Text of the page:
credit: Kamran Aydinov, via Freepik

One-Fifth of Children Consume Energy Drinks Twice a Week

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One-fifth of Czech children aged 11 to 15 drink energy drinks at least twice a week, according to the Czech part of the Health Behaviour in School-Aged Children (HBSC) international study presented this week. On the other hand, teenagers are now less likely to drink alcohol or smoke cigarettes or marijuana. 

The use of electronic cigarettes and vaping is more common among children in the Czech Republic, according to the study on the health and lifestyle of schoolchildren, carried out in 2022.

According to its authors, the typical trend is that if children drink alcohol or smoke, they are also more likely to use other addictive substances or energy drinks.

About 70,000 Czech children aged 11-15 consume energy drinks twice a week at least, up from 40,000 to 50,000 in 2018.

“The more frequent the consumption of energy drinks is, the more often children suffer from various problems such as headaches, have worse depressive conditions and lower life satisfaction,” Michal Kalman, head of the HBSC research team, said.

One can of energy drink contains about the same amount of caffeine as four cups of coffee, which can cause health and sleep problems, he warned.

Experts are therefore recommending restrictions on the sale of energy drinks, and some MPs are also preparing regulations. Their sale to children was banned by the Baltic countries ten years ago, and a ban is also in force in some German federal states, the UK and, most recently, in Poland.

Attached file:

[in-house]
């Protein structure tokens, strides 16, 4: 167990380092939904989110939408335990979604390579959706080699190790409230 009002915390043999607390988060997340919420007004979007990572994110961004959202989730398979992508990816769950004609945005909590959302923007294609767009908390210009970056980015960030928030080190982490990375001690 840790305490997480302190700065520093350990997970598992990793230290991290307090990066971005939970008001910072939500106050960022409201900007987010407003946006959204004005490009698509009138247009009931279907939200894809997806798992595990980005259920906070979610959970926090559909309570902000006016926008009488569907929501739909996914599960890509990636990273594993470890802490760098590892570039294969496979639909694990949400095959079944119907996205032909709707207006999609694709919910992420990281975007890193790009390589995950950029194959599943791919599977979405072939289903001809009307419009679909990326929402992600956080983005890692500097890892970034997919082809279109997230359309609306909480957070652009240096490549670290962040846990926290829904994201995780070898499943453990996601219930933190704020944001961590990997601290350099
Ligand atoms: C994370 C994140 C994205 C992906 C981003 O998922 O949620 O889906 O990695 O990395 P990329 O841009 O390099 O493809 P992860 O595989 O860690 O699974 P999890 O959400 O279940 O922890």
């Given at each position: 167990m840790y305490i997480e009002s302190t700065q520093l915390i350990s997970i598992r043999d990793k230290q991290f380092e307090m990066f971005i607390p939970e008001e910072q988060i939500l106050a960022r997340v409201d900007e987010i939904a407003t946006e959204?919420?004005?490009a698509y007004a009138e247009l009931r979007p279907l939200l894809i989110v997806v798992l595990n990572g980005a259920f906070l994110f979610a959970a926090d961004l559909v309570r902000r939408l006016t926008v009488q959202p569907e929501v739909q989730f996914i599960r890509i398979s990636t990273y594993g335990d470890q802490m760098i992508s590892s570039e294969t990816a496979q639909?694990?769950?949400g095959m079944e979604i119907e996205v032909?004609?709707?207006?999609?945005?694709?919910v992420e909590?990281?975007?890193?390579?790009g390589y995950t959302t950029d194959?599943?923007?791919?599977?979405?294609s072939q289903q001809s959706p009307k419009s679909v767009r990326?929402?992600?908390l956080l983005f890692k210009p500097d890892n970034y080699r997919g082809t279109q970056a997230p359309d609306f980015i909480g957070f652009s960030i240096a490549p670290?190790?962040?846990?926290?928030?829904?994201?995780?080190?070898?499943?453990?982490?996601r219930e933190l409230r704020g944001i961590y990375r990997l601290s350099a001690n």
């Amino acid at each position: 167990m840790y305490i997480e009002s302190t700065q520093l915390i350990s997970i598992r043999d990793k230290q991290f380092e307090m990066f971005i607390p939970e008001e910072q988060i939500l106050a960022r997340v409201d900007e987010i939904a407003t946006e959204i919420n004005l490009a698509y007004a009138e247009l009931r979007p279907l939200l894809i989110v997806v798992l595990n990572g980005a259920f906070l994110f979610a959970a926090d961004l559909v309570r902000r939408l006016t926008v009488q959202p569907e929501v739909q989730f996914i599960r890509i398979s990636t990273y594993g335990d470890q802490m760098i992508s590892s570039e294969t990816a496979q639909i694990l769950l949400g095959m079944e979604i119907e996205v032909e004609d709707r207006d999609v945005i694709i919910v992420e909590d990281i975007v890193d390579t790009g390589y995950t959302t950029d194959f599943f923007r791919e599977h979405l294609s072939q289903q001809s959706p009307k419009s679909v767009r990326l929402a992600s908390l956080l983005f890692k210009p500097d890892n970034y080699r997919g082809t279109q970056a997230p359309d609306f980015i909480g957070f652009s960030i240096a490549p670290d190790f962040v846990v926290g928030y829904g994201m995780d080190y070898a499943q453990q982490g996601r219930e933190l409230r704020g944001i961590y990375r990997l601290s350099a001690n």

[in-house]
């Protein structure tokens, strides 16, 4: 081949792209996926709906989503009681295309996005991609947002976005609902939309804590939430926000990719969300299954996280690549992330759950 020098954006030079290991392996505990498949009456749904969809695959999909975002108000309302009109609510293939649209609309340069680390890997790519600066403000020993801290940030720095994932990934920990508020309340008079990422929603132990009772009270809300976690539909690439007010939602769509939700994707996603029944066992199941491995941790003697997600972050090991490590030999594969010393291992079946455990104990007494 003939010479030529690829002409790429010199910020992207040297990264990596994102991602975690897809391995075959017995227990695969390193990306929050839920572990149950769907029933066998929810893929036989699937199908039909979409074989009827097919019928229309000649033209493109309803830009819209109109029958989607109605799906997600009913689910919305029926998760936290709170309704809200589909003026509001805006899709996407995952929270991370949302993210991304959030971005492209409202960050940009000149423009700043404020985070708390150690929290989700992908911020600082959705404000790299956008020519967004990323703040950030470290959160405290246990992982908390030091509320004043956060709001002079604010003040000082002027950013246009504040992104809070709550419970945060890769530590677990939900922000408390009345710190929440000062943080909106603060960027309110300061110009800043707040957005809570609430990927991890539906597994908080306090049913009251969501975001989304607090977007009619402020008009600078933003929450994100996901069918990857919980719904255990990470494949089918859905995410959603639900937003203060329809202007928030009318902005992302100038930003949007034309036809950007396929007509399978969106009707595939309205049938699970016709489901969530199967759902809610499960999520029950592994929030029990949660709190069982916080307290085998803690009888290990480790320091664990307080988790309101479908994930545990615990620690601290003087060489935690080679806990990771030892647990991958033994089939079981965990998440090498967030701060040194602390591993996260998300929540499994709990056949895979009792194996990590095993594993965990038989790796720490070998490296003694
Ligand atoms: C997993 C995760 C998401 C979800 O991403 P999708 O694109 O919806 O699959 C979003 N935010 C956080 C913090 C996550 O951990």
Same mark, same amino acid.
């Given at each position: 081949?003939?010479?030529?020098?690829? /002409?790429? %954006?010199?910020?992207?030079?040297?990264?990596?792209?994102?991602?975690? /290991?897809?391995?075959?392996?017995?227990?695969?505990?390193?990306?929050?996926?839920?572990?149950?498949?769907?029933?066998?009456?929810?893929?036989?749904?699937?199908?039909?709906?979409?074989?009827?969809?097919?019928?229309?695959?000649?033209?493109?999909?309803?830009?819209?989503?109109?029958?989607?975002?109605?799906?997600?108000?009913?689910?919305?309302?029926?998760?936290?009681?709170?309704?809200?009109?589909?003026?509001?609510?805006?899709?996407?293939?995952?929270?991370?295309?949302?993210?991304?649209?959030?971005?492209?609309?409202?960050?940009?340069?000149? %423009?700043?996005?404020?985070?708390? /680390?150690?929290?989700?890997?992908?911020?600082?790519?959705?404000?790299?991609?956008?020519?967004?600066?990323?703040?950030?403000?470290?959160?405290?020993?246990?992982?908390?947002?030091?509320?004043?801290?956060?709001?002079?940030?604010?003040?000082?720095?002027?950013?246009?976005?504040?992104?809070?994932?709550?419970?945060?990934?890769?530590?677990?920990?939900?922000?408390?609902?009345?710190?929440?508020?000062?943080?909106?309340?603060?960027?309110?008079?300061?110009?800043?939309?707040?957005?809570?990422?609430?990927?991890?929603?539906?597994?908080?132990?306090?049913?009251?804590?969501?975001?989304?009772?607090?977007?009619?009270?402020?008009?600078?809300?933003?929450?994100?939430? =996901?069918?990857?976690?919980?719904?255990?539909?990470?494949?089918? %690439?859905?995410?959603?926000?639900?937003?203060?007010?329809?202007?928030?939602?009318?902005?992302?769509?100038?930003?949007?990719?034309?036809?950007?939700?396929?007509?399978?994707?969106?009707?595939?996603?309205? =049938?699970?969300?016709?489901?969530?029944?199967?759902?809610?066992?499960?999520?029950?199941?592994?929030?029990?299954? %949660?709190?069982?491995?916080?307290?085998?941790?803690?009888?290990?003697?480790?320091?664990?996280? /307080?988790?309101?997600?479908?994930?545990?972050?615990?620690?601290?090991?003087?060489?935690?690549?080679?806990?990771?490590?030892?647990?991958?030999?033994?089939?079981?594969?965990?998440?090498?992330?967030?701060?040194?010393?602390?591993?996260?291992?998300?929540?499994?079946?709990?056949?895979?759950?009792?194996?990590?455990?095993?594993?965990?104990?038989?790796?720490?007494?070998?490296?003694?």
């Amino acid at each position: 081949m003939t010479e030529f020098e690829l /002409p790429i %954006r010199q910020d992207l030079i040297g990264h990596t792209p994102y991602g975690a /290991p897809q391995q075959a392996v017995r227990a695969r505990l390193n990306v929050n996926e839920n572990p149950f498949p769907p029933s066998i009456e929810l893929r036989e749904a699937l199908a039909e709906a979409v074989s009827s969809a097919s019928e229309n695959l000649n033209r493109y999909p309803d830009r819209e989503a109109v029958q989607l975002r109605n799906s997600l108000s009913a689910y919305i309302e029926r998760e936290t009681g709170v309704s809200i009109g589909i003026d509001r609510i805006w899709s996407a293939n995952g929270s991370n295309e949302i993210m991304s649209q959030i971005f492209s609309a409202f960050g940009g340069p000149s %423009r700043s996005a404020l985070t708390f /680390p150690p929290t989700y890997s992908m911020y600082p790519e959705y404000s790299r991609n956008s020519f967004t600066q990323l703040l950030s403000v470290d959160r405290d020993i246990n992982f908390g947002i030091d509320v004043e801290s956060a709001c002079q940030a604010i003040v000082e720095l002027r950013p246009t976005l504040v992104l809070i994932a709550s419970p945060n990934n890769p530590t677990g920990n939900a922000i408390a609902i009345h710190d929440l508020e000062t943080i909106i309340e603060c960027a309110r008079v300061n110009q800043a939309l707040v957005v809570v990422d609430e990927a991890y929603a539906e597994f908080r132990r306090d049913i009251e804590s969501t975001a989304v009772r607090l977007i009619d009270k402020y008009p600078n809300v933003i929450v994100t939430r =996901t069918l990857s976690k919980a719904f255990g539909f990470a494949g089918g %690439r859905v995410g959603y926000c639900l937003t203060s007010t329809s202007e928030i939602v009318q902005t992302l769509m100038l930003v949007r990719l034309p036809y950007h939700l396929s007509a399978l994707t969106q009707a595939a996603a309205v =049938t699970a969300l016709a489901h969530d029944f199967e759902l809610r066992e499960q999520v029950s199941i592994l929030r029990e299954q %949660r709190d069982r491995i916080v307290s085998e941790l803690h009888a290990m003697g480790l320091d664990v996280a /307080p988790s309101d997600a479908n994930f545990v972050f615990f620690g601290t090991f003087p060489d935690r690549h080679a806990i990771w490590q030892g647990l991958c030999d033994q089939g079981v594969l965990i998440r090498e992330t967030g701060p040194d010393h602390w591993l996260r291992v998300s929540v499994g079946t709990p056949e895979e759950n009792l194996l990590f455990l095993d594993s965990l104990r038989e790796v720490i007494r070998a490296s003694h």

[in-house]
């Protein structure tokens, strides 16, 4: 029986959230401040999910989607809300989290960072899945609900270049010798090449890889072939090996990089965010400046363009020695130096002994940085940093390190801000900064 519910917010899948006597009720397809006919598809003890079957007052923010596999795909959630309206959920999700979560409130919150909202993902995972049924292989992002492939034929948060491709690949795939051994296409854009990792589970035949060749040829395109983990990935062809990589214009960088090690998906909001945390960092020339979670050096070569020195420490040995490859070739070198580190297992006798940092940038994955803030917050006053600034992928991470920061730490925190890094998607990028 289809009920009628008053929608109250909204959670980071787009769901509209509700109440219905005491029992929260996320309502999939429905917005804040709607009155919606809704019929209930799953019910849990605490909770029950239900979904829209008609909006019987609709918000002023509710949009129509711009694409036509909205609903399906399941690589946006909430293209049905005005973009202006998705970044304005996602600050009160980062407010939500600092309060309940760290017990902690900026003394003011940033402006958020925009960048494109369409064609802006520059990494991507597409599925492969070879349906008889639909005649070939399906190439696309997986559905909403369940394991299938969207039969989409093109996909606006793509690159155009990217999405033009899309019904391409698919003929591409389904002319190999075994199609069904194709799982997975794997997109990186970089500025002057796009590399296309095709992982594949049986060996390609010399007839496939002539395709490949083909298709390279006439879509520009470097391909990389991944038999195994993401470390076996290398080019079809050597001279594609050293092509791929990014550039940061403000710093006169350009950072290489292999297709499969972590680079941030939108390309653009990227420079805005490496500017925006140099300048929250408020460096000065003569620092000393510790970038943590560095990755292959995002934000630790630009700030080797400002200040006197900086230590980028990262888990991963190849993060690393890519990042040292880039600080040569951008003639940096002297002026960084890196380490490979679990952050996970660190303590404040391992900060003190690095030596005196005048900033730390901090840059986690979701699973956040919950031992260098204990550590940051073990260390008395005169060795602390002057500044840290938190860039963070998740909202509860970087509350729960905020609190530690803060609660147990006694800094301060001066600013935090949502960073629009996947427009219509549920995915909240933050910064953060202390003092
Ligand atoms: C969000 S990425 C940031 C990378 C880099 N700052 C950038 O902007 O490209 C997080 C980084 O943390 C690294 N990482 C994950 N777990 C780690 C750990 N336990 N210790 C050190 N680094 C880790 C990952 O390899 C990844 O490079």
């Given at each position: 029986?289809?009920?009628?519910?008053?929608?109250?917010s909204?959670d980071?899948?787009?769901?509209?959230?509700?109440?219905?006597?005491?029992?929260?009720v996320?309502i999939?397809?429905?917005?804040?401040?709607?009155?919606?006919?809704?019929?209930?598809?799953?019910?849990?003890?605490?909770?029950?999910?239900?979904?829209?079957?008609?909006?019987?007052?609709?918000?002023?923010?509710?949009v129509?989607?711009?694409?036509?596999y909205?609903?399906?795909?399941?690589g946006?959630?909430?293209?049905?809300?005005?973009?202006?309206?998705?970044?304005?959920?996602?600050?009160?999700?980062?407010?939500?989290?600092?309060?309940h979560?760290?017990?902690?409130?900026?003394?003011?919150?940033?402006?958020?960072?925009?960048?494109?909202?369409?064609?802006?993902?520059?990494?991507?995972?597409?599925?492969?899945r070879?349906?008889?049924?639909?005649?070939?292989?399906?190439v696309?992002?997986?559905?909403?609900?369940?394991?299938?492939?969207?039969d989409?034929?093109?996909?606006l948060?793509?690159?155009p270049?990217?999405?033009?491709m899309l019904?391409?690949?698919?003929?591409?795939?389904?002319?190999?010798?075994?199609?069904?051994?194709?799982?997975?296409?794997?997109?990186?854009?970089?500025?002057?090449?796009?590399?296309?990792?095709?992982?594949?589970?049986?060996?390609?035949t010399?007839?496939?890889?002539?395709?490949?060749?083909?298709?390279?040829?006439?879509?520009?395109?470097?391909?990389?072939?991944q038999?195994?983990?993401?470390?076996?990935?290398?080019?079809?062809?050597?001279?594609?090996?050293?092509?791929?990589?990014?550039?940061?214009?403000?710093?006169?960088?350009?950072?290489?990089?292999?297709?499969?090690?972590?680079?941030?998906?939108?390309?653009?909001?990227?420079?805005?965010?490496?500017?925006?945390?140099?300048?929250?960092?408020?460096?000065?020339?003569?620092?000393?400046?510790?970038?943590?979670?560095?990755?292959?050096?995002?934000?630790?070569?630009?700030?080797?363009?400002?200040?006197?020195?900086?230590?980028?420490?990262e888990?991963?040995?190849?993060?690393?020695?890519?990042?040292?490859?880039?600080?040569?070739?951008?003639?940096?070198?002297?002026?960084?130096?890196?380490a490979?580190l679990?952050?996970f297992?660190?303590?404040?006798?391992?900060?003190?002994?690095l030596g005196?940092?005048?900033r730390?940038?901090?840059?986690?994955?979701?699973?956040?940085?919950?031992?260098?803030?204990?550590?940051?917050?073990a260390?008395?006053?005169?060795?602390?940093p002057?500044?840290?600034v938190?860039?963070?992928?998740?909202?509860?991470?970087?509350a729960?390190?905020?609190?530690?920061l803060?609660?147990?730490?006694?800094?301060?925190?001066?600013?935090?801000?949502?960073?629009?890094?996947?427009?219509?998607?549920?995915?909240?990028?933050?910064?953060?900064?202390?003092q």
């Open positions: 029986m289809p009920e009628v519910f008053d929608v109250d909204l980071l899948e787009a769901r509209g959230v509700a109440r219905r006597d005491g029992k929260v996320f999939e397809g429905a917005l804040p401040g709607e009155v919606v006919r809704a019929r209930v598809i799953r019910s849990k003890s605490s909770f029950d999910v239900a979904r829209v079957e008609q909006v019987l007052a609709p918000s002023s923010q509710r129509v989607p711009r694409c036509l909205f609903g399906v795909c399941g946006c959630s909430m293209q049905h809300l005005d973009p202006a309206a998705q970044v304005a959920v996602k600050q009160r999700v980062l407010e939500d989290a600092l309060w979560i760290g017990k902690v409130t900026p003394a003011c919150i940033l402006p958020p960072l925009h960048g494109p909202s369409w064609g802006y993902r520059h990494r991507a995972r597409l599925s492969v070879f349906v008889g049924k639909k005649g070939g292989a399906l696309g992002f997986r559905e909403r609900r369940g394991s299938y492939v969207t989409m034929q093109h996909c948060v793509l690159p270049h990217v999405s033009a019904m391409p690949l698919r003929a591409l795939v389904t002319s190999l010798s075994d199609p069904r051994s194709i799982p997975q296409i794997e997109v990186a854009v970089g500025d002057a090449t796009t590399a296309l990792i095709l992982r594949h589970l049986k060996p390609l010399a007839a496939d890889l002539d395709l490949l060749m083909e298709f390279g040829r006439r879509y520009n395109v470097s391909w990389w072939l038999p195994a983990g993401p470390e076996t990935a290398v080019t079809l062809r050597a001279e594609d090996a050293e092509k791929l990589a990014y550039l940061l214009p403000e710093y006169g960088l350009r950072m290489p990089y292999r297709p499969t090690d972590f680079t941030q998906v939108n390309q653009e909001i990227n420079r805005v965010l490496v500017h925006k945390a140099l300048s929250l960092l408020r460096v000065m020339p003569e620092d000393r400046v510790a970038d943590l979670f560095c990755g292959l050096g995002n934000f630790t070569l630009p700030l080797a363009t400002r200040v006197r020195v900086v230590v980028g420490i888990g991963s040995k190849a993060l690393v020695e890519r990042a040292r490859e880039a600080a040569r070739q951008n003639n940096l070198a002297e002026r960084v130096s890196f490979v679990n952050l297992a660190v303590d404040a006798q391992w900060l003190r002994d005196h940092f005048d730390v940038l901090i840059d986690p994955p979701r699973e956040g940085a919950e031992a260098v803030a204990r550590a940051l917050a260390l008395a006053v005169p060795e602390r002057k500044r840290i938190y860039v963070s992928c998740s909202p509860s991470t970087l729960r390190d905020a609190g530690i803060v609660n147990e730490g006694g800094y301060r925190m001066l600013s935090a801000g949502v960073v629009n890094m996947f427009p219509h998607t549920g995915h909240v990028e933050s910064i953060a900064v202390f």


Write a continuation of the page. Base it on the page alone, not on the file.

While Czech children used to be at the top of international comparisons in alcohol consumption, the latest data show they are average of the countries surveyed. “While in the 1990s, almost all 15-year-olds had their first experiment with alcohol, today a quarter of the ninth-graders avoid it altogether,” Kalman said.

Although the sale of alcohol, like cigarettes, is banned to minors under 18, 73% of children have experience with alcohol and 16% with cigarettes.

However, vaping is more common, as 19% of respondents said they tried this. “The vast majority of ‘vapers’ also smoke conventional cigarettes,” Kalman added.

In total, 8% of schoolchildren smoke cigarettes every week, up from nearly 30% in 2002. Heated tobacco products were used weekly by 1.6% of boys and 3.8% of girls in 2022. Newer products like HHC (hexahydrocannabinol) were not included in the survey.

Further data collection is planned for 2026.

Teenagers from villages and small towns are more likely to use various addictive substances, according to the survey. “Other studies suggest that spending time with peers outdoors in unorganised activities may have an impact,” said Pavla Chomynova, head of the National Monitoring Centre for Drugs and Addictions.

Experts say the connection of lower socio-economic status with unhealthy lifestyle has not been proven; on the contrary, children from better-off families are more likely to get drunk.

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